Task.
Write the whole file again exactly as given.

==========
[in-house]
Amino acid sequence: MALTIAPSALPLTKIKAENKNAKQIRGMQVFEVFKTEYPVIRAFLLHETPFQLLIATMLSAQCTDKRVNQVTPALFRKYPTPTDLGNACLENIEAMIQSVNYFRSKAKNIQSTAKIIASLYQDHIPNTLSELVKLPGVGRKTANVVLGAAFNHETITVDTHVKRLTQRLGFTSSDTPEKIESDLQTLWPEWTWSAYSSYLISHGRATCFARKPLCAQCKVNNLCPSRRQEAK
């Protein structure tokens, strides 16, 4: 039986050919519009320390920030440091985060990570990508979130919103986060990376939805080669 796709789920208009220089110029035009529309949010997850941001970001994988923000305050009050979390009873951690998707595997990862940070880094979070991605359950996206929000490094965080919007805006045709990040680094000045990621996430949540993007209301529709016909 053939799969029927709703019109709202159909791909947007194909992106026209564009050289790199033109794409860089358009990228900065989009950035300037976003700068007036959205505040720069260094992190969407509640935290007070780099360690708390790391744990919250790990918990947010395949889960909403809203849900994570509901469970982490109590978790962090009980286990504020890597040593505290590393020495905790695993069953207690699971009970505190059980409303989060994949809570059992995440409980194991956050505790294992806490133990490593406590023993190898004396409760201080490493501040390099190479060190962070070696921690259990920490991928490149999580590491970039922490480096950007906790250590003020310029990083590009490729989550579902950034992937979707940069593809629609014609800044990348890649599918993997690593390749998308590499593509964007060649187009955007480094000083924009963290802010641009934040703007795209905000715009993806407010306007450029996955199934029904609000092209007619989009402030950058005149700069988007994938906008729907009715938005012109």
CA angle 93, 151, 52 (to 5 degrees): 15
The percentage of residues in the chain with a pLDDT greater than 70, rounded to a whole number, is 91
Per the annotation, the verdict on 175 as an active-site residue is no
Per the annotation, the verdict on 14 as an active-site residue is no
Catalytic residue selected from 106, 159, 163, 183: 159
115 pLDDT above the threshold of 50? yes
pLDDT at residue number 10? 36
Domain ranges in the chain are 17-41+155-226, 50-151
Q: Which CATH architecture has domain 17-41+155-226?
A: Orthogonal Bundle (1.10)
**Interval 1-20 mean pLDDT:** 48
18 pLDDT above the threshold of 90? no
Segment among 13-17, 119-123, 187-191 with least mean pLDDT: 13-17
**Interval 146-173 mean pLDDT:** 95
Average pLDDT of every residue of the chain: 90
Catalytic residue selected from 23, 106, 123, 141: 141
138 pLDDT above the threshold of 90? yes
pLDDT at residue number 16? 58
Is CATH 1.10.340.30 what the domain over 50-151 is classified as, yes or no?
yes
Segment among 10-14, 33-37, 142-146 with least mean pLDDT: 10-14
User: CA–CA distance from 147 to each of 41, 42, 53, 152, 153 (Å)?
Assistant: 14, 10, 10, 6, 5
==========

[in-house]
Amino acid sequence: MALTIAPSALPLTKIKAENKNAKQIRGMQVFEVFKTEYPVIRAFLLHETPFQLLIATMLSAQCTDKRVNQVTPALFRKYPTPTDLGNACLENIEAMIQSVNYFRSKAKNIQSTAKIIASLYQDHIPNTLSELVKLPGVGRKTANVVLGAAFNHETITVDTHVKRLTQRLGFTSSDTPEKIESDLQTLWPEWTWSAYSSYLISHGRATCFARKPLCAQCKVNNLCPSRRQEAK
């Protein structure tokens, strides 16, 4: 039986050919519009320390920030440091985060990570990508979130919103986060990376939805080669 796709789920208009220089110029035009529309949010997850941001970001994988923000305050009050979390009873951690998707595997990862940070880094979070991605359950996206929000490094965080919007805006045709990040680094000045990621996430949540993007209301529709016909 053939799969029927709703019109709202159909791909947007194909992106026209564009050289790199033109794409860089358009990228900065989009950035300037976003700068007036959205505040720069260094992190969407509640935290007070780099360690708390790391744990919250790990918990947010395949889960909403809203849900994570509901469970982490109590978790962090009980286990504020890597040593505290590393020495905790695993069953207690699971009970505190059980409303989060994949809570059992995440409980194991956050505790294992806490133990490593406590023993190898004396409760201080490493501040390099190479060190962070070696921690259990920490991928490149999580590491970039922490480096950007906790250590003020310029990083590009490729989550579902950034992937979707940069593809629609014609800044990348890649599918993997690593390749998308590499593509964007060649187009955007480094000083924009963290802010641009934040703007795209905000715009993806407010306007450029996955199934029904609000092209007619989009402030950058005149700069988007994938906008729907009715938005012109």
CA angle 93, 151, 52 (to 5 degrees): 15
The percentage of residues in the chain with a pLDDT greater than 70, rounded to a whole number, is 91
Per the annotation, the verdict on 175 as an active-site residue is no
Per the annotation, the verdict on 14 as an active-site residue is no
Catalytic residue selected from 106, 159, 163, 183: 159
115 pLDDT above the threshold of 50? yes
pLDDT at residue number 10? 36
Domain ranges in the chain are 17-41+155-226, 50-151
Q: Which CATH architecture has domain 17-41+155-226?
A: Orthogonal Bundle (1.10)
**Interval 1-20 mean pLDDT:** 48
18 pLDDT above the threshold of 90? no
Segment among 13-17, 119-123, 187-191 with least mean pLDDT: 13-17
**Interval 146-173 mean pLDDT:** 95
Average pLDDT of every residue of the chain: 90
Catalytic residue selected from 23, 106, 123, 141: 141
138 pLDDT above the threshold of 90? yes
pLDDT at residue number 16? 58
Is CATH 1.10.340.30 what the domain over 50-151 is classified as, yes or no?
yes
Segment among 10-14, 33-37, 142-146 with least mean pLDDT: 10-14
User: CA–CA distance from 147 to each of 41, 42, 53, 152, 153 (Å)?
Assistant: 14, 10, 10, 6, 5